Reminiscing about Kazaa

Back then when the most prevalent form of Internet connection was still dial-up, I discovered Kazaa. Older batchmates talked about it and how it got them the latest music for free; being ignorant, I hazarded to try it out. I wasn’t able to use much of it, however: it was primarily my older sister who asked me to obtain the popular songs of that time. I didn’t know about spyware back then, and I really didn’t care. However, as time passed I noticed that my computer functioned slower and slower. I wanted to get to the root of the matter, and so I started reading about Kazaa. A lot of people were decrying the presence of spyware in its program, so I read more about that. What is common knowledge nowadays was back then quite a formidable opponent, since spyware was still relatively new as well as silent yet insidious. Eventually that computer was reformatted: I, however, had already learned my lesson. I didn’t install the original Kazaa Media Desktop anymore.

This was the interface of Kazaa Media Desktop (the spyware-ridden version).

This was the interface of Kazaa Media Desktop (the spyware-ridden version).

With my increasing knowledge on and about the Internet, however, I discovered there were alternatives to the heavily bloated Kazaa Media Desktop. There was Kazaa Lite, a clean and spyware-free evolution of the original program, and Kazaa Plus, the paid version without the accompanying advertisements and software bundles. I was already inundated with the ways of the Internet by this time, and so I obtained a copy of Kazaa Plus, and used that as well. I remember that I still preferred Kazaa Lite to the limited participation levels in Kazaa Plus; I also preferred Kazaa Lite because it was faster as a program despite it being the bastardized version of the original software, and I could download anime from it, despite the anime being of bad quality.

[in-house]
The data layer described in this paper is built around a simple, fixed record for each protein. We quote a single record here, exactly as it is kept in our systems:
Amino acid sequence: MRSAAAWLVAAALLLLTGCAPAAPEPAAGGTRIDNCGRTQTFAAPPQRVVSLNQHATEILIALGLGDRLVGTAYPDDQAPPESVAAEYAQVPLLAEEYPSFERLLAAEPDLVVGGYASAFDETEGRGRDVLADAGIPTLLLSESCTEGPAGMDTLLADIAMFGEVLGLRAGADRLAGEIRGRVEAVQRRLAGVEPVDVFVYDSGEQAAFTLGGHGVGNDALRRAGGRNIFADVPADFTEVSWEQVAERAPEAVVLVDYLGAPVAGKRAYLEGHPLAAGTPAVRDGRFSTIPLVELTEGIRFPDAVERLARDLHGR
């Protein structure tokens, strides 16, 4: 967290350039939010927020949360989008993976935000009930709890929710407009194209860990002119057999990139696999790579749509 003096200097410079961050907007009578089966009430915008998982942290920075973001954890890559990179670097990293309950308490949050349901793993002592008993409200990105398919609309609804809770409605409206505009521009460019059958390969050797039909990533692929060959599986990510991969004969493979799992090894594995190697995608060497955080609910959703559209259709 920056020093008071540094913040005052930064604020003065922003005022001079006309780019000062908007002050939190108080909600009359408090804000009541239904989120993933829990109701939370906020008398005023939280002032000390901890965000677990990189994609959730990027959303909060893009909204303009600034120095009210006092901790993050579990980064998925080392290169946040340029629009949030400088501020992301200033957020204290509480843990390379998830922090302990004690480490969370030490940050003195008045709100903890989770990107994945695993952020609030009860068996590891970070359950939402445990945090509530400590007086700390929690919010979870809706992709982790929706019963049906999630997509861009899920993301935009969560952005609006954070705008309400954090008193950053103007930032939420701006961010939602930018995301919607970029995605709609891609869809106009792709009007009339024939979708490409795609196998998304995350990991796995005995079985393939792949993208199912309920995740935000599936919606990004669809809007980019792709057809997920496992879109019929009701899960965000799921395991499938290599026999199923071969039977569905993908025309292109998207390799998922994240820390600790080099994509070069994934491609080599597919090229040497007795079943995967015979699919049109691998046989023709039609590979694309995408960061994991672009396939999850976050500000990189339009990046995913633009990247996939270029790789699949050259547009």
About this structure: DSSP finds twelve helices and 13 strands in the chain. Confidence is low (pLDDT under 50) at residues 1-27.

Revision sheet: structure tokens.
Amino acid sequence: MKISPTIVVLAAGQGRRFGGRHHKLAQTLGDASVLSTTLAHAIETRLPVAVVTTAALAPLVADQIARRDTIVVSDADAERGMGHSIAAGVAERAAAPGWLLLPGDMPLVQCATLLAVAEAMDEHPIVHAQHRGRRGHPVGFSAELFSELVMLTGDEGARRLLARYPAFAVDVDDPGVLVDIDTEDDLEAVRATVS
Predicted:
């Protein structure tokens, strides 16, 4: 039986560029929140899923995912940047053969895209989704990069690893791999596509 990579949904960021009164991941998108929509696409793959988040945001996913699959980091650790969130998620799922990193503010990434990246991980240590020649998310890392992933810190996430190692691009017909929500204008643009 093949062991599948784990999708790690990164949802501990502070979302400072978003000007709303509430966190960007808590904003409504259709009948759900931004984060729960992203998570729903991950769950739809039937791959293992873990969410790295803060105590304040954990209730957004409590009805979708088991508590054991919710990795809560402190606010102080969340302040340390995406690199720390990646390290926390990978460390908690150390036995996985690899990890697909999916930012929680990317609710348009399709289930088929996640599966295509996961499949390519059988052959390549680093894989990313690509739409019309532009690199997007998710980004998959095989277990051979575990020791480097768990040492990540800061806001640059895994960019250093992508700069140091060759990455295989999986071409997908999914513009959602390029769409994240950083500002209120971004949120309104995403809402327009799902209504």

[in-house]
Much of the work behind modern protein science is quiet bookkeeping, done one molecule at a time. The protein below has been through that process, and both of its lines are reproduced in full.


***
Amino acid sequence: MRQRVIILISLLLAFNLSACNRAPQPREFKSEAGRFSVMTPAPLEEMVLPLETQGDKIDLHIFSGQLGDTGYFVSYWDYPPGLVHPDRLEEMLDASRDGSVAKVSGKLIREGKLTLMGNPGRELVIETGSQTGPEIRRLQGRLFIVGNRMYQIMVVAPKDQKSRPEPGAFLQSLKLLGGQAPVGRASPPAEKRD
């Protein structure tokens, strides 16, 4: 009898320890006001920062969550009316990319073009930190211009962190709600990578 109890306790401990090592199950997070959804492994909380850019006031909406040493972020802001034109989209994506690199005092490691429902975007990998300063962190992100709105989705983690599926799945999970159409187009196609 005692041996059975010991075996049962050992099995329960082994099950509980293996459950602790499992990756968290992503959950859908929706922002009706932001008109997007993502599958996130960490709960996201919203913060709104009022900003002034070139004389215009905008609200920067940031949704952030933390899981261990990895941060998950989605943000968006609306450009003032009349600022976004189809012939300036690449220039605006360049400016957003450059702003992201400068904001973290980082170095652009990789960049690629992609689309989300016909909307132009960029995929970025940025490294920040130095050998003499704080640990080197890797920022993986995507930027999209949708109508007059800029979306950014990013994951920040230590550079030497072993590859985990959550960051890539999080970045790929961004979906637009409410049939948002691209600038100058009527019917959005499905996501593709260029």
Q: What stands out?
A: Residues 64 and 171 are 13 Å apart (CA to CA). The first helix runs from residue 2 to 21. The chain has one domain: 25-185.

Time passed, and I moved on. By 2003 I was already attempting to properly use a torrent, and when I was able to successfully do so I no longer found need to use Kazaa Lite, because I was also using BearShare, a P2P client which provided a lot more results and downloaded significantly faster (I was no longer on dial-up by this time, but 256K). I did experiment and install different FastTrack (the protocol Kazaa used) clients, like Kazaa Gold, Kazaa Gold Premium (scams), Kazaa Lite K++, and Kazaa Lite Resurrection, to name a few. I didn’t find much use for these clients as well, so when I got a new computer I didn’t install any FastTrack clients at all, and I simply forgot about them.

This was Kazaa's logo.

This was Kazaa's logo.

About a few days ago, I was reminded of the existence of the FastTrack network. I wanted to procure an obscure file, so I didn’t think it was a big problem to look into the FastTrack network. It turns out that the FastTrack network has been shutdown, although I don’t know when and I don’t know how. However, while back then I was still able to connect to the network with certain supernode (method of data transmission within the FT network) patches I could no longer do so currently. I tried different clients once again, but they were useless as all of them didn’t connect to the network. I even tried using Kazaa Plus once again, and I found it ironic that within the span of seven years what was once the network that dominated peer-to-peer networking now only provided a sub-par Internet explorer and media player (Kazaa Plus primarily functioned as a P2P program, but it also had a working web browser and music player within the software). Within the span of less than ten years Kazaa’s downfall as a program has been rapid and disastrous. I simply find it ironic that something which was previously hallowed is now forgotten by most, except as something execrable. Perhaps that is the payment for the dirt they accompanied the installation of their programs on the user PCs.